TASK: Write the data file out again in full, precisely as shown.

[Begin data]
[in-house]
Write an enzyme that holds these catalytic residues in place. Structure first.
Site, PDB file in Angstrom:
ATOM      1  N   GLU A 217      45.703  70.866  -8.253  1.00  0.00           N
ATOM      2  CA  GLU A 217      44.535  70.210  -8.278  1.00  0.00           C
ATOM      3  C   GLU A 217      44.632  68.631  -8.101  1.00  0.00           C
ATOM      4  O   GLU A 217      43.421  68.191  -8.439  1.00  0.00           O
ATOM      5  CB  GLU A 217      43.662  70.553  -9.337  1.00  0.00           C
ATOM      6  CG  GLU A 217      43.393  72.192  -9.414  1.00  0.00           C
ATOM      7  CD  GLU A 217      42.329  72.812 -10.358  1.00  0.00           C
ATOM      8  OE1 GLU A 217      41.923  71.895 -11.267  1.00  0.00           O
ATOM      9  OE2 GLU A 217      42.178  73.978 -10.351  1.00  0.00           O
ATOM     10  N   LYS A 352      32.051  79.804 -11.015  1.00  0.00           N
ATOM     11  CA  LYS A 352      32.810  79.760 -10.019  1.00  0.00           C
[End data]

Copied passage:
[in-house]
Write an enzyme that holds these catalytic residues in place. Structure first.
Site, PDB file in Angstrom:
ATOM      1  N   GLU A 217      45.703  70.866  -8.253  1.00  0.00           N
ATOM      2  CA  GLU A 217      44.535  70.210  -8.278  1.00  0.00           C
ATOM      3  C   GLU A 217      44.632  68.631  -8.101  1.00  0.00           C
ATOM      4  O   GLU A 217      43.421  68.191  -8.439  1.00  0.00           O
ATOM      5  CB  GLU A 217      43.662  70.553  -9.337  1.00  0.00           C
ATOM      6  CG  GLU A 217      43.393  72.192  -9.414  1.00  0.00           C
ATOM      7  CD  GLU A 217      42.329  72.812 -10.358  1.00  0.00           C
ATOM      8  OE1 GLU A 217      41.923  71.895 -11.267  1.00  0.00           O
ATOM      9  OE2 GLU A 217      42.178  73.978 -10.351  1.00  0.00           O
ATOM     10  N   LYS A 352      32.051  79.804 -11.015  1.00  0.00           N
ATOM     11  CA  LYS A 352      32.810  79.760 -10.019  1.00  0.00           C